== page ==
The application 508 analyzes the quotes found to tie executives who are mentioned in a same publication. Although employed by different companies, the executives can be grouped together to indicate that they share a common thread, for example, a concern described in the publication. Companies of executives mentioned in a same publication are identified and likewise grouped. Executives and companies that are grouped together can be highlighted in a same color on a display.

Optionally, the component 308 can include other applications, including one that groups individuals based on the number and frequency of quotes that are found in publications of interest and that are attributed to the individuals, on the titles of the individuals, and/or on the companies associated with the individuals.

The component 310 (FIG. 3) for presenting information provides one or more user interfaces. Examples of the user interfaces are described below. The database 312 can be relational or otherwise. The database can include one or more tables, including one for listing individuals of interest and one or quotes attributed to individuals of interest. The database can be indexed, and information in the database can be processed querying the database.

FIG. 6 shows a method 600 by which the system 300 builds a database of quotes. The component 302 defines an industry space of interest (step 602). The component 502 identifies the companies included in the industry space and builds a list of companies (step 604). The component 306 uses the list to aggregate data about the companies (step 606). The component 502 parses the aggregated data and then works in conjunction with the quote engine 104 to find quotes (step 608). The component 502 processes the quotes found and stores the quotes along with any associated information in the database 312 (step 610). Examples of information associated with a quote include information about an individual to which the quote can be attributed, the company that employs the individual, the position of the individual, and one or more industries to which the company belongs. Information about an individual can include information that describes variations of names that can be used to refer to the individual. Likewise, information about the position can include information describing variations of words that can be used to refer to the position, and information about a company can include information describing variations in names that can be used to refer to the company. Data in the database 312 can be operated on by SQL queries and evaluated to facilitate relationship management, for example, assessing the activity of particular companies.

FIG. 7 shows a method 700 for assessing activities of companies in an industry space of interest. The system 300 receives information specifying an industry of interest (step 702). The component 302 defines an industry space for the industry of interest (step 704). The component 308 identifies and builds a list of companies included in the industry space (step 706) and queries the database 312 for entries including companies on the list (step 708). The component 308 analyzes the results of the query and makes an assessment of the level of activity for a company based on quotes attributed to employees of the company (step 710). Analysis can include calculating the number of quotes found and/or a frequency at which the quotes occurred for a particular company. The component 310 displays results of the analysis, including the company and the indication (step 712). Indication can be a color coding scheme where particular colors are displayed with particular levels of assessed activity.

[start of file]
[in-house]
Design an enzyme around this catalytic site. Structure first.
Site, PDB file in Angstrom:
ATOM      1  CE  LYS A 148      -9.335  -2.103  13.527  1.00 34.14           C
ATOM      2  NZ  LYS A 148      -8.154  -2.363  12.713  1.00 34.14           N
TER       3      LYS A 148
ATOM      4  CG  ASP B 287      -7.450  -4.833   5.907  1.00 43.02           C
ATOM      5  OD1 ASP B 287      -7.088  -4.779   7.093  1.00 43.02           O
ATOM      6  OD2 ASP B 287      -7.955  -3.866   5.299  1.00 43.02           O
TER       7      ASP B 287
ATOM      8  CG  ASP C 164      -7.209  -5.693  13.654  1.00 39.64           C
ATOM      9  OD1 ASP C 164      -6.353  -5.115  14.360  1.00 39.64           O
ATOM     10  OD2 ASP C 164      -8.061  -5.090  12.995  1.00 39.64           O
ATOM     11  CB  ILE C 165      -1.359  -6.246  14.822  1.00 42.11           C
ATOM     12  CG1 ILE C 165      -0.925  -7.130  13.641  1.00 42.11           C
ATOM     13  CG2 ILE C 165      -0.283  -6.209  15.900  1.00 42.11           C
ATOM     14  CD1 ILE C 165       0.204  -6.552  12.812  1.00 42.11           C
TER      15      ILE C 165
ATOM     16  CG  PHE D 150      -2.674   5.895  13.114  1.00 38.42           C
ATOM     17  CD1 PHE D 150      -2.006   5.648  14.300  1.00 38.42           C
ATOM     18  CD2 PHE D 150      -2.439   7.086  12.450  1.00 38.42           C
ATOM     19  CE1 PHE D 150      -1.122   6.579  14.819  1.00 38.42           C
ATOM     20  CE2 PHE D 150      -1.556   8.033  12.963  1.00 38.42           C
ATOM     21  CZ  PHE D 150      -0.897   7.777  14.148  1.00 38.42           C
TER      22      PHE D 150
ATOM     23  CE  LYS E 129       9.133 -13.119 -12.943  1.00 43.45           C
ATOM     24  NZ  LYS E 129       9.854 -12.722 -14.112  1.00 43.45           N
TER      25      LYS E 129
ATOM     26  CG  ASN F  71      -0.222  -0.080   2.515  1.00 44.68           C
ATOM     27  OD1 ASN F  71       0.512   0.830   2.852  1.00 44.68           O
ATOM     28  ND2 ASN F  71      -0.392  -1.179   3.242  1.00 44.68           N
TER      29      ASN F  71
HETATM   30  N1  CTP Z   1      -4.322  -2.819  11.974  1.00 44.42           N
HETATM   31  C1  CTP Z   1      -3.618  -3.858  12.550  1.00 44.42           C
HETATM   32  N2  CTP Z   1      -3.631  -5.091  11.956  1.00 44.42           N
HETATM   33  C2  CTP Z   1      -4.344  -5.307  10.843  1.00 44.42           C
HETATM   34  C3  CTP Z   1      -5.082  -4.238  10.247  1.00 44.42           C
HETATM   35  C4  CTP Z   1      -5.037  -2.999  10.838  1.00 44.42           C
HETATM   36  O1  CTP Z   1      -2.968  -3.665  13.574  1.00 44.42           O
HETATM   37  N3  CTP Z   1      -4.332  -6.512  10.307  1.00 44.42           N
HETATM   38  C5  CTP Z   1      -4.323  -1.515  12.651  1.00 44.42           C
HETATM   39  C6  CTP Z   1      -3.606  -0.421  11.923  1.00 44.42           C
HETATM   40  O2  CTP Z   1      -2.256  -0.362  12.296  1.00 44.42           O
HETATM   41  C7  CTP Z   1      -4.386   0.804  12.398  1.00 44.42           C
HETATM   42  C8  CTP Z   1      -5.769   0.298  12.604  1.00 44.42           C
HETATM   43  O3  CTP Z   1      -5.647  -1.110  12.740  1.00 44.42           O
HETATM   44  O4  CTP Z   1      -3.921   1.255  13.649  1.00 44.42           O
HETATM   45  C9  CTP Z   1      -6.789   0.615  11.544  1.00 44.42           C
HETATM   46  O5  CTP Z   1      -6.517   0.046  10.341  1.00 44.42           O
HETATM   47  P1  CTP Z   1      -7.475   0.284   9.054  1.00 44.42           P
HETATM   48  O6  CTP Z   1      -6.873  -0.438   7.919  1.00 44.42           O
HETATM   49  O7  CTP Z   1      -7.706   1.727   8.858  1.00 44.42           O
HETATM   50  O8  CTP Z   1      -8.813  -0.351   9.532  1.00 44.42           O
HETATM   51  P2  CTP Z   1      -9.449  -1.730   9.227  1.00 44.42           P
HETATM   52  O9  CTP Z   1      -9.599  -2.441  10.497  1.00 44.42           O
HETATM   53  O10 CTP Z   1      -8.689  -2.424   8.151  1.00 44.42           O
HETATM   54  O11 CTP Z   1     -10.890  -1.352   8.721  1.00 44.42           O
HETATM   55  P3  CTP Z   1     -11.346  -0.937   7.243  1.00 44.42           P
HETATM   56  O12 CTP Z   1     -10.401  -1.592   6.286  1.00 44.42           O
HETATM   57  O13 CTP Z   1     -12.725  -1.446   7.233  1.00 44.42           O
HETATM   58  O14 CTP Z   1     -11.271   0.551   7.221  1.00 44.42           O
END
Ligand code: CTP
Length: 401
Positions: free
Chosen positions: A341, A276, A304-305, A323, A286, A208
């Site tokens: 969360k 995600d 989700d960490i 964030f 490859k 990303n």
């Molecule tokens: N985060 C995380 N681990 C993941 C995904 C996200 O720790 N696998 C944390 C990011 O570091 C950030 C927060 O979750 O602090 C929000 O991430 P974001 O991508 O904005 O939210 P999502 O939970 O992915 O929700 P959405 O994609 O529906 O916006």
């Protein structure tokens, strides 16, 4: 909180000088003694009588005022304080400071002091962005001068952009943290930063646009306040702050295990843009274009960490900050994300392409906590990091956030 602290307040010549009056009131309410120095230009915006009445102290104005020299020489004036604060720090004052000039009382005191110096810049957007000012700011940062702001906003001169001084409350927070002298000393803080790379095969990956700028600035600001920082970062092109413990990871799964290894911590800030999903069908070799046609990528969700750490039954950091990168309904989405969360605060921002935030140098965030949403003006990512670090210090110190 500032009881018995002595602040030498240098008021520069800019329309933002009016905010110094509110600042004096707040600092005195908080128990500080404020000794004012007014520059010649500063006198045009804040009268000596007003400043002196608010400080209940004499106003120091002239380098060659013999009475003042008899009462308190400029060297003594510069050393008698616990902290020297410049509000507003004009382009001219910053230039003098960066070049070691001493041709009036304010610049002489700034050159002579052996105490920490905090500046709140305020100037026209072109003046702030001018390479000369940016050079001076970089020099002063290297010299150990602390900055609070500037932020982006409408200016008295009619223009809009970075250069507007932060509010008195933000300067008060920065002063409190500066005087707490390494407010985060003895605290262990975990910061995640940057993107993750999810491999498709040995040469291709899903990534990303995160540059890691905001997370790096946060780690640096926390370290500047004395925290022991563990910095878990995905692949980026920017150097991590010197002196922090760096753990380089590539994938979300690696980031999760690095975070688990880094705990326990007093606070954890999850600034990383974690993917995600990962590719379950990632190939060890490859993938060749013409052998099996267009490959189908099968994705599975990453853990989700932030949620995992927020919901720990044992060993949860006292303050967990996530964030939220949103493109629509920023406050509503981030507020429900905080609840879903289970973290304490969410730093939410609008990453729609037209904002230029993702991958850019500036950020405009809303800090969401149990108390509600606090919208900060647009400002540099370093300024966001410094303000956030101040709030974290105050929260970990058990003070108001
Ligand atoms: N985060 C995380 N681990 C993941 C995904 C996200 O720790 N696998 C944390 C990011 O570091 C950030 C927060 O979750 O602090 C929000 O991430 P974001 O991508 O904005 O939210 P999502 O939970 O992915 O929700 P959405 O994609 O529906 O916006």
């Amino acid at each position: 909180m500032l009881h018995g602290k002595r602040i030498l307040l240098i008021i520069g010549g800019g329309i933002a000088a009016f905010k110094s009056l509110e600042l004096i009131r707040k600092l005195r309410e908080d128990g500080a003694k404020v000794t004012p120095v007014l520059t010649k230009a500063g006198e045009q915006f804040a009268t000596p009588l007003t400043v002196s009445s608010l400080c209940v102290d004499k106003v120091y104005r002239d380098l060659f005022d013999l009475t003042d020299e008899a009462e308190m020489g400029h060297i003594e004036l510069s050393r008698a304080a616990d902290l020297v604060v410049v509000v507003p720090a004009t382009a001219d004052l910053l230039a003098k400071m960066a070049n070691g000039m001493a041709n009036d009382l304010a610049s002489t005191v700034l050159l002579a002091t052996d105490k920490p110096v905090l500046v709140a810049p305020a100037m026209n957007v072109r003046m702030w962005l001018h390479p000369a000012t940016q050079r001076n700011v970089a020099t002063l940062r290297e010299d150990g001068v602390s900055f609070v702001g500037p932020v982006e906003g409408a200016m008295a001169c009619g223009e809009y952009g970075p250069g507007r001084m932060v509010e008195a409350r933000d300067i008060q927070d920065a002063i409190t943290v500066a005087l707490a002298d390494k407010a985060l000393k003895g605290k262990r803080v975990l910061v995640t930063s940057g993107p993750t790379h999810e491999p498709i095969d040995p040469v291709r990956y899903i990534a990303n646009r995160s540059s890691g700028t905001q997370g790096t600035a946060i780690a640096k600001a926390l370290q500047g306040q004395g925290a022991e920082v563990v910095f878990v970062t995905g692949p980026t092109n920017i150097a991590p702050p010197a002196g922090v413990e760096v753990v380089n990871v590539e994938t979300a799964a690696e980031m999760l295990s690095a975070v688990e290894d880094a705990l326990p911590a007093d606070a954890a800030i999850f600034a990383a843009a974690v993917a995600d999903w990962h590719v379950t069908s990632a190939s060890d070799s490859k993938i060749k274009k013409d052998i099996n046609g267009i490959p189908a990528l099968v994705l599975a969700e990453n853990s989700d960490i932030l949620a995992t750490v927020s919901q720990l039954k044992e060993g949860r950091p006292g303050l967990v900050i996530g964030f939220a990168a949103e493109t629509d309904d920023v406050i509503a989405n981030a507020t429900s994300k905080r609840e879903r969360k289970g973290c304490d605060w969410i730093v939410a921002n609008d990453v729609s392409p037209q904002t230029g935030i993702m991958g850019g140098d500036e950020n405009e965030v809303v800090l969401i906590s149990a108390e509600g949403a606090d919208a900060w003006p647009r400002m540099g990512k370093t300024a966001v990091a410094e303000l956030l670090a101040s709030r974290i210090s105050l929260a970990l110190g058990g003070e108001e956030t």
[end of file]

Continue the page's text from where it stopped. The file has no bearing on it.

FIGS. 8A-8H show an example of an interface that displays an industry space of interest. In FIGS. 8A-8D, the interface displays the executives for Hydro and a color coding (or pattern fill) indicates that CEO Eivind Reiten has the most quotes. Moving a cursor or pointer over Eivind Reiten shows that he has 11 quotes. A quick perusal of the quotes show that there are four primary current issues facing Eivind, specifically:

1. Agreement on a joint energy treaty: “Norsk Hydro ASA's chief executive officer Eivind Reiten urged the UK and Norway energy minister to reach an agreement on a joint energy treaty soon so that work can proceed to build a direct pipeline linking the Ormen Lange field . . . ”

2. Divestiture of petrochemicals business: “While our plans to divest the petrochemicals business remain unaffected it is nevertheless important for us to develop and enhance the values inherent in the operation says Hydro's president and CEO Eivind Reiten.”

3. Building of new plants: “Norsk Hydro ASA said its board today approved the construction of a new chlorine plant at Rafnes estimated to cost around . . . . The investment will double production capacity provided by an existing chlorine plant at Rafnes.”

4. Earnings results: “Norsk Hydro ASA improved its first quarter operating profit. We will continue to maintain high pressure on internal improvement programs and stringent capital discipline said President and CEO Eivind Reiten.”

“In 2003 Reiten's pay is due to rise to some NOK63m according to the Norwegian newspaper Aftenposten.”

As shown in FIGS. 8E-8H, a similar perusal of quotes for Statoil's CEO, Olav Fjell shows the following pertinent issues:

1. Sale of assets: “It added E ON has better chances than Gaz de France because it has promised Statoil chief executive Olav Fjell 1 bln eur for the expansion of gas fields if the acquisition takes place.”

“More recently it has been suggested the equity could be swapped for oil and gas assets abroad. But Olav Fjell executive of Statoil said he was cool on the idea of a strategic placement. With the big oil and gas companies now concentrating on profitability rather than production target assets are up for sale Fjell said.”